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April 15, 2013, by

A pox on both our houses


Justin Trudeau’s leadership acceptance speech this weekend.

by Michael Wheeler

Members of two the largest national opposition parties came together to make major decisions over the weekend.

In Montreal, the Official Opposition New Democrats continued to move towards the political centre at their policy convention, moderating the pursuit of “socialism” in the party’s constitution. In Ottawa, the third place centrist Liberals, running first in some polls, elected a leader with immediate celebrity status and political pedigree in Justin Trudeau.

Members of both parties are now returning to their homes across the country, fired up by the energy of working, campaigning and partying with likeminded organizers and activists.

For New Democrats, who have been working to solidify the gains of the past election as a credible Government in Waiting, they head home believing they are better placed than ever before to form the first ever Social Democrat-led Canadian government.

For Liberals, there will be a sense that their time in the wilderness is coming to an end: Suitably shamed for the Sponsorship Scandal, many feel powered by Trudeau-mania 2.0 they will soon reclaim government as the ‘Natural Governing Party of Canada’.

My belief is they are both wrong. Here’s why:

Energy. Young, innovative, passionate, creative, energy.

Where is it in our politics? More than anywhere else, it is in the protest movements within these parties working to make them less-partisan, more cooperation-driven entities.

Nathan Cullen went from NDP Leadership outside long-shot to extremely capable Official Opposition House Leader based largely on the energy of those that advocated cooperating with other parties to defeat Harper and reform Parliament. By the end of the leadership campaign, Cullen had signed up more new NDP members and received more votes from the floor than any other candidate, including eventual winner Thomas Mulcair.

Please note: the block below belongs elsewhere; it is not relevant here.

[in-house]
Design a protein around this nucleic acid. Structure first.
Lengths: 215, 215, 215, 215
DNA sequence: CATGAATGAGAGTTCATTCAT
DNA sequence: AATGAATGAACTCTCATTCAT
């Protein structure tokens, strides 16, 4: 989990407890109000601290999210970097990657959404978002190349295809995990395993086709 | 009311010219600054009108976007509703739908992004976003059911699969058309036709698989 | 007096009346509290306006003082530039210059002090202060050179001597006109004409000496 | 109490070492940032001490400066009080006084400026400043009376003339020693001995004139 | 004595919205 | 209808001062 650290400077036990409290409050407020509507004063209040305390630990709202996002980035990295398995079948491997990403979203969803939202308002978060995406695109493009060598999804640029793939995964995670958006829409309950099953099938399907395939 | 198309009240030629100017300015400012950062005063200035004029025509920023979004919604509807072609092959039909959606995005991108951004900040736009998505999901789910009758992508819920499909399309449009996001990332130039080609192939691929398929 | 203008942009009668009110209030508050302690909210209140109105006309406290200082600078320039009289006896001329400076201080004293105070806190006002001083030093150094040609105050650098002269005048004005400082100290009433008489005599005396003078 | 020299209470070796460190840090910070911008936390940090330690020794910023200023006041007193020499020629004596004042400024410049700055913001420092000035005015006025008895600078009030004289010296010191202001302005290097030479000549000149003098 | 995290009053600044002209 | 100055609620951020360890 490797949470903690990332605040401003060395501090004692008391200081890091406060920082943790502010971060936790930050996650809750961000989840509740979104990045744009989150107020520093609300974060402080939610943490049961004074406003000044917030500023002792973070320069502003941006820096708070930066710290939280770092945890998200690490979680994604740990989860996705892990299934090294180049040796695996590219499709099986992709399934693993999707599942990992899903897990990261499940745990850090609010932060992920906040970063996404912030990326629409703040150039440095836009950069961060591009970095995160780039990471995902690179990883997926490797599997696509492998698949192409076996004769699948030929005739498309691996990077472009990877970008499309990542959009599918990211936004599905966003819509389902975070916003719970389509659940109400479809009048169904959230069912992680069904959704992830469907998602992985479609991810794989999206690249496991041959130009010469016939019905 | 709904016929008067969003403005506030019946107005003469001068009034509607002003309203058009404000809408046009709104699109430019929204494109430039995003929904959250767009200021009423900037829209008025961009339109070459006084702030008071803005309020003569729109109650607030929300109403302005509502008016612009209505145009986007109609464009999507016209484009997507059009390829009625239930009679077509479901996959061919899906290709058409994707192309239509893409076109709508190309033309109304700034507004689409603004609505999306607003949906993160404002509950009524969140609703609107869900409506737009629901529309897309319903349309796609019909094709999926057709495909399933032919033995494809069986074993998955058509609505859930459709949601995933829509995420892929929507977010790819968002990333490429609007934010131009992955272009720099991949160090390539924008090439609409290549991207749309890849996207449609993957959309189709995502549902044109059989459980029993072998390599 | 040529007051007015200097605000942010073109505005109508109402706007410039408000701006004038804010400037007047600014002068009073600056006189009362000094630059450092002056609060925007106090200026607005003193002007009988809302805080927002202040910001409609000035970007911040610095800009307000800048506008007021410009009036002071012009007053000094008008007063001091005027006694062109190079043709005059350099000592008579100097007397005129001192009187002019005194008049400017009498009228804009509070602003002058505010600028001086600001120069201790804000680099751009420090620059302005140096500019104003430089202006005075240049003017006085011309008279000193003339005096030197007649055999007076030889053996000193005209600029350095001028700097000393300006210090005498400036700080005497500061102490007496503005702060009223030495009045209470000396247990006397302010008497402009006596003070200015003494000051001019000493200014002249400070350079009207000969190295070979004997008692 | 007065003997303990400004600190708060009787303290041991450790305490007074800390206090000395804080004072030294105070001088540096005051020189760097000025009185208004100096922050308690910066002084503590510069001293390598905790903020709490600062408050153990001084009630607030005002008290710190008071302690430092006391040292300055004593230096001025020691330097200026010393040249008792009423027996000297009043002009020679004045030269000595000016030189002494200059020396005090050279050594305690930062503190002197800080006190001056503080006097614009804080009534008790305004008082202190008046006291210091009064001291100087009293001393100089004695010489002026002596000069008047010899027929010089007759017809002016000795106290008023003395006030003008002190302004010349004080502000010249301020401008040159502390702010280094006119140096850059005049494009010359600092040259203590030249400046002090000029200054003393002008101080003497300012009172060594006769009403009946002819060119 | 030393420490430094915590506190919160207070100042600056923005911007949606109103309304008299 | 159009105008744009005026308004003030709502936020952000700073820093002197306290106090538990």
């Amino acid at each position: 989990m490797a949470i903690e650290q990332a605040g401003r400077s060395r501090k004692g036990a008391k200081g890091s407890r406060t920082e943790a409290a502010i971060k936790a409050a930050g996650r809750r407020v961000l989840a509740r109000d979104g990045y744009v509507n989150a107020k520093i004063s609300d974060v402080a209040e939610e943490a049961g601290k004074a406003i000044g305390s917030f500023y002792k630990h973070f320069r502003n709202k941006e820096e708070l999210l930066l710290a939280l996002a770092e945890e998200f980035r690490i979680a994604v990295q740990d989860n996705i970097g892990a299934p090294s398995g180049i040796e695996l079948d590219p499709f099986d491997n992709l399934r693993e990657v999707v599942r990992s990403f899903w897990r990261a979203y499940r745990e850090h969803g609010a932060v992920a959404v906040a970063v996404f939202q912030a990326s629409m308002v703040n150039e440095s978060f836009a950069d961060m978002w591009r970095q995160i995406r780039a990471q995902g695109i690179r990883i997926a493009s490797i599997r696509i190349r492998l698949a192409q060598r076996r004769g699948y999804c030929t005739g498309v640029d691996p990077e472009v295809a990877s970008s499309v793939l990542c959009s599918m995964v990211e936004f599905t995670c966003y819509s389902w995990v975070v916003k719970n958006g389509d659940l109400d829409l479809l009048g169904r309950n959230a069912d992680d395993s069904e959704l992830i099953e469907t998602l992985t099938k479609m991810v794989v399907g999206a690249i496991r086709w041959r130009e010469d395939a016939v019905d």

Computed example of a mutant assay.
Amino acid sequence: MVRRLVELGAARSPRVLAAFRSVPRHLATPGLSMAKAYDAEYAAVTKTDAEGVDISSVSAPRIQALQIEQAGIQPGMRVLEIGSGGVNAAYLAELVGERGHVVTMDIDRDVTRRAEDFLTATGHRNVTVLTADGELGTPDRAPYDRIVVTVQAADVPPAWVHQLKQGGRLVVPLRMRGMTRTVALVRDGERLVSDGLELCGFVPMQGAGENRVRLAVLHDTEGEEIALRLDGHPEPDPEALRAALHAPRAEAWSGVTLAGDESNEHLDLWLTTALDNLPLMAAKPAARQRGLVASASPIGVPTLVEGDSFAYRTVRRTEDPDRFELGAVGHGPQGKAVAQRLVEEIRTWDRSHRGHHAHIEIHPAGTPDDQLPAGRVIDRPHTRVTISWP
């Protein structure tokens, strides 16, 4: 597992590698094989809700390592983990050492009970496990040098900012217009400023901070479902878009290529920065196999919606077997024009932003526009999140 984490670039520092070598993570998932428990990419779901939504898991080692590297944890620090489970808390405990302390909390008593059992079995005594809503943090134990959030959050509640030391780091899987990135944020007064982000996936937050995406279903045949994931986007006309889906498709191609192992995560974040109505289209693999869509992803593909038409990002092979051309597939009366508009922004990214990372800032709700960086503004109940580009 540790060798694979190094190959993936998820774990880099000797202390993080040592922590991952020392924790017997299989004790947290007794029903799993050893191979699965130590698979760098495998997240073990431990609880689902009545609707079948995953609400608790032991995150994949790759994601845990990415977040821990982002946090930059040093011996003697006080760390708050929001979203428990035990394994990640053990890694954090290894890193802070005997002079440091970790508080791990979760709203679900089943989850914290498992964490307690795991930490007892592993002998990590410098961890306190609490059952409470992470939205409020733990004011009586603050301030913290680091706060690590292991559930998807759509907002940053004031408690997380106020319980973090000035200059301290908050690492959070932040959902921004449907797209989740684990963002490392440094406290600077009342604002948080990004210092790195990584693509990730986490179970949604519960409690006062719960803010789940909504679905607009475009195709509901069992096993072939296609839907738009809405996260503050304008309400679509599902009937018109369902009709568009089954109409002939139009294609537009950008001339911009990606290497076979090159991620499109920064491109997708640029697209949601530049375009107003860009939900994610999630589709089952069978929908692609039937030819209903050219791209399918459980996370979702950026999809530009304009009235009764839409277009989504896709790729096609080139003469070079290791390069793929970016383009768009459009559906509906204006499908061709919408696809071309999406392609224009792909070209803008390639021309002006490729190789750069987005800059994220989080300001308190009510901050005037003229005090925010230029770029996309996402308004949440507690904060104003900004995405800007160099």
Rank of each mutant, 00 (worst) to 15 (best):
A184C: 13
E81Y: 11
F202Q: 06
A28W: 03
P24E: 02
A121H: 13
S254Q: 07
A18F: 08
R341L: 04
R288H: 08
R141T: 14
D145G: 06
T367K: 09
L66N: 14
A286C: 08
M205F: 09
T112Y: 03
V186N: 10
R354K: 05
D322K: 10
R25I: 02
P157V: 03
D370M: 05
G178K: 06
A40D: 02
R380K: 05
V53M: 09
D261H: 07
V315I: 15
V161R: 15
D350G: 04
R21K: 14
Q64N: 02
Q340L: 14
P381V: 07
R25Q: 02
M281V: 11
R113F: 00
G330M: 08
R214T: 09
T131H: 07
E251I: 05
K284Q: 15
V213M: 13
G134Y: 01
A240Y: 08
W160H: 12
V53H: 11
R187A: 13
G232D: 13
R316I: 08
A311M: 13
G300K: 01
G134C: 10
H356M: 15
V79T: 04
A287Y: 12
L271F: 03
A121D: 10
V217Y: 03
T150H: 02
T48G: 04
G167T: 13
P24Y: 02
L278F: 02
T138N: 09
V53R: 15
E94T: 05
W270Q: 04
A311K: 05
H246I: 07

The only candidate with enough resources to mount a sustained and legitimate campaign against the Liberal Establishment JT Juggernaut was Joyce Murray. With support from environmental groups and LeadNow, and powered by much of the same grassroots activist energy that fed the Cullen campaign, Murray also proposed cooperation with the opposition to defeat Harper and reform Parliament.

Thomas Mulcair's speech at the NDP Policy Convention this weekend.

Thomas Mulcair’s speech at the NDP Policy Convention this weekend.

These events having come to pass, and non-cooperative leaders having taken the reigns of these political machines, conventional wisdom is that these issues have been dealt with now. Each political party has a right to believe in its own manifest destiny and each has chosen to exercise that right.

Notwithstanding the Keystone pipeline, Senate reform and foreign investment, the policies and positions Trudeau and Mulcair represent will be hugely overlapping. These leaders will not ask their members, staff and volunteers to exclusively put their energy and hopes into defeating the Conservative Government. They will be putting significant energy into fighting tooth-and nail-ground wars between NDP and Liberal candidates with never-before-this-similar platforms.